So, while it might be annoying to see someone blatantly lie to your face, the simple truth is that food allergies have become trendy.

#1: Customers that don’t show up to a booking

empty café because of no shows

A pet hate that’s been around for as long as time itself, no-shows are the top pet hate for hospitality workers, obtaining a stunning 51.1% of the vote. 


At the end of the day, this is a long-term, industry-wide problem, one that everyone has to find a way to acknowledge and accept.

Unexpected events are always going to be a part of life, which means reservation cancellations will always be an ongoing battle in the realm of hospitality booking. But there are a few ways to minimise booking issues and all the hassle that goes with it.

The first option is to remove bookings from your restaurant altogether. This removes issues associated with booking and is especially effective for popular restaurants that will likely fill up anyway. However, this can leave your establishment open to criticism about not treating people like guests or disgruntled patrons having to wait in line.

Another method is to take bookings online and to capture credit card details in the process. This way, you keep the existing infrastructure and allow people to book but introduce a cancellation clause that charges, say, $10 for every cancellation.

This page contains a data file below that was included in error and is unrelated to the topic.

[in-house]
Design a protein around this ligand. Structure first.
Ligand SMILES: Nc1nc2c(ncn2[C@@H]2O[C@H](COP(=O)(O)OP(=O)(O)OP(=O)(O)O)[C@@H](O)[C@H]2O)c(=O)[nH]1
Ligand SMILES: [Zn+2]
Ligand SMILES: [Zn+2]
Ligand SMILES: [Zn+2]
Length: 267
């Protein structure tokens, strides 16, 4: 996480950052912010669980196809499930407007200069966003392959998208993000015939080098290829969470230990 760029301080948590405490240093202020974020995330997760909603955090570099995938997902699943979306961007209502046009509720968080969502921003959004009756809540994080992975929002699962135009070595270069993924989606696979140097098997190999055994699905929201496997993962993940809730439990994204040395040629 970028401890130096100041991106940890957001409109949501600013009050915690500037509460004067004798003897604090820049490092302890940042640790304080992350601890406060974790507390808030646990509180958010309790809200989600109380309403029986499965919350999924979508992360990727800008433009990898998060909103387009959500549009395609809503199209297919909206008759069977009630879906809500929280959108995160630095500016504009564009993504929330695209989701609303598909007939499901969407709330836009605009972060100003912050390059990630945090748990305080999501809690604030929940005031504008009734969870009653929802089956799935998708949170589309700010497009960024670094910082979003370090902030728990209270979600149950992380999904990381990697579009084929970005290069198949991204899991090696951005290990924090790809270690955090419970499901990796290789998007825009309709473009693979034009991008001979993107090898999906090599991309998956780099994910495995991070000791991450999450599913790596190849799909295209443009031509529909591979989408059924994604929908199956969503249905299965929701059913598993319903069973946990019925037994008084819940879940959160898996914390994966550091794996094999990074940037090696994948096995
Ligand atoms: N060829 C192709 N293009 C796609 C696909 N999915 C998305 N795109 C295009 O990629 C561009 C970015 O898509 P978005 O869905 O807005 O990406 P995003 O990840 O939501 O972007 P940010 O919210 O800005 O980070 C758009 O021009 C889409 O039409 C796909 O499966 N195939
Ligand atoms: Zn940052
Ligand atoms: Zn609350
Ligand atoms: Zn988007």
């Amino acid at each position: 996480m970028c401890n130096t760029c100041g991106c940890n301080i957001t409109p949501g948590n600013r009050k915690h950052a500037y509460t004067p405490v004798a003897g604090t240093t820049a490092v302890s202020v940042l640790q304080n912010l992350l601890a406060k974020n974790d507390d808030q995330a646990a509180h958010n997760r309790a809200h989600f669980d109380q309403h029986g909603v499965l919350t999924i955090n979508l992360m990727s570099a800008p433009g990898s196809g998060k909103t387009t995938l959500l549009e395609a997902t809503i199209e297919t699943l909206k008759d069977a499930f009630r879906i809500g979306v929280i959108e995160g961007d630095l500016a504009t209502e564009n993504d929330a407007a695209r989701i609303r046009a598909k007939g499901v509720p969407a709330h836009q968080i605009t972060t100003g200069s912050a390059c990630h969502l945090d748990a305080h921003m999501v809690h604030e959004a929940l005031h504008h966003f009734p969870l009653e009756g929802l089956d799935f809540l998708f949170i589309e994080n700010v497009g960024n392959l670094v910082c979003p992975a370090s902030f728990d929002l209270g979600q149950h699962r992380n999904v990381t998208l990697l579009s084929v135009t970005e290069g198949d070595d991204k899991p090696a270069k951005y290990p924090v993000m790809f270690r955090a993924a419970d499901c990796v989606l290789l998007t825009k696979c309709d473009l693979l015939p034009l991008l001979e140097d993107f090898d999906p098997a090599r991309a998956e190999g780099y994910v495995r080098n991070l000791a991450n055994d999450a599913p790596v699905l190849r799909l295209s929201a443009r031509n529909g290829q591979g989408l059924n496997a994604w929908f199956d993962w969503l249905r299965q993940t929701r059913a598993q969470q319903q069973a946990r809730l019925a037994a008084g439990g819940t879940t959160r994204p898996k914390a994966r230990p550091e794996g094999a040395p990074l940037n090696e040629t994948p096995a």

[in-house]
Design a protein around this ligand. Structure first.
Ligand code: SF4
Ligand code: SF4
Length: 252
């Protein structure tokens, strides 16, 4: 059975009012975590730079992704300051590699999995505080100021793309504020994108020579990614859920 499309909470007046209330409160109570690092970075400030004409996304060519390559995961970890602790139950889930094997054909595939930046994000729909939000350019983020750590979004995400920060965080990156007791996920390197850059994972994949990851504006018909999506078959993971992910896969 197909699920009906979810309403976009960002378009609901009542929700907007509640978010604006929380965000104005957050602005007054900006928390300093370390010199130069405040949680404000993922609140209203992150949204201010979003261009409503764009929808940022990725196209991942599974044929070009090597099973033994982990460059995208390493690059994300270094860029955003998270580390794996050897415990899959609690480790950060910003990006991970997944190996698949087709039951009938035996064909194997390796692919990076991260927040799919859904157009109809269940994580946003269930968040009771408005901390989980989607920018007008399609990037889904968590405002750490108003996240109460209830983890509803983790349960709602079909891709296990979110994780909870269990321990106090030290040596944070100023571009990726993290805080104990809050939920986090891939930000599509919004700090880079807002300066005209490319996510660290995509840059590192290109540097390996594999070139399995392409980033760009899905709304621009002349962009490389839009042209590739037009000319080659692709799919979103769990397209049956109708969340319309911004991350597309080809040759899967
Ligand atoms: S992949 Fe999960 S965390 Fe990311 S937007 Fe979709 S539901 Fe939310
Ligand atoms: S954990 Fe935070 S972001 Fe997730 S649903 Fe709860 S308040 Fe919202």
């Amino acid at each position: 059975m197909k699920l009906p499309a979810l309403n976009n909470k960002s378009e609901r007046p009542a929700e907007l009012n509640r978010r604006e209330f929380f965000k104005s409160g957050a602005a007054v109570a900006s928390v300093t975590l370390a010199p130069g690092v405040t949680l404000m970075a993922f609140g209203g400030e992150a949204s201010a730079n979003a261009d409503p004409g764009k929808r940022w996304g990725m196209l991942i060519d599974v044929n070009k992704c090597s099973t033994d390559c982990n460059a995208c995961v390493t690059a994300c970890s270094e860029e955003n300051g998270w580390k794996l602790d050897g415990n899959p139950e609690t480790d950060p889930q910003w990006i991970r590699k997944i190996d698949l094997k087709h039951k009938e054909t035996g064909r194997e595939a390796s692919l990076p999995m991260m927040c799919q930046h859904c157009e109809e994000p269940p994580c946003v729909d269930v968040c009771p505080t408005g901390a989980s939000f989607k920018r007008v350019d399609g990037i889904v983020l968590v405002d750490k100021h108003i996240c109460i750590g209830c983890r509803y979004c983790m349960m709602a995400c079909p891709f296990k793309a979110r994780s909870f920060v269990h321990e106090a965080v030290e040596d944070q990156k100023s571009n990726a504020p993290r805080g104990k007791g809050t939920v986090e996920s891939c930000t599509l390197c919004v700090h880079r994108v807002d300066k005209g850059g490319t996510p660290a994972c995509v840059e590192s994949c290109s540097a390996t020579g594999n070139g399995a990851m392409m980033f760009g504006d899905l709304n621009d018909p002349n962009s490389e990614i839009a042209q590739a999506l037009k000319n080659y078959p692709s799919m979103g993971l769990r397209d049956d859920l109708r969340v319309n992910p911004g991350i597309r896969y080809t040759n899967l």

Or you can always just go ahead and shame and/or blacklist no-shows. Famous Copenhagen restaurant Noma is one example among many that revealed the names of their no-show customers online. And others have gone so far as to block those who failed to show up, either directly or through popular reservation systems like Dimmi.

Recommendations for Overcoming Hospitality Pet Hates

Happy hospitality workers train to overcome pet hates

So, what else can hospitality leaders glean from this survey?

If an employee is feeling annoyed with certain pet hates, chances are they aren’t the only one. Let employees know they are not alone. Provide alternative outlets to express their frustrations (i.e. a role-play training scenario amongst teammates). Additionally, give workers the tools to cope with customer grievances in smart, constructive ways.

Hospitality leaders need to take the time to address customer-related pet hates as a team. Leaders should provide a safe, welcoming, non-judgmental platform for employees to express themselves. Discuss possible solutions and how to handle unpleasant interactions in productive ways.

Lastly, don’t forget to encourage the team to “laugh it off.” Touted as the world’s best medicine, laughter has been proven to reduce stress, improve employee morale, strengthen team spirit, improve communication, energize people, and even boost sales.

Find a commonality amongst workers, shared feelings and shared emotions, and approach pet hates empathetically. A constructive team-building session will not only give employees the chance to practice their new strategies, but it will also build important rapport and trust among staff. Lest we forget, at the core of any great hospitality team rests a strong foundation of support.

For more great hospitality readings about Impos’ landmark survey, be sure to read about the latest food trends or about the major issues facing the hospitality industry.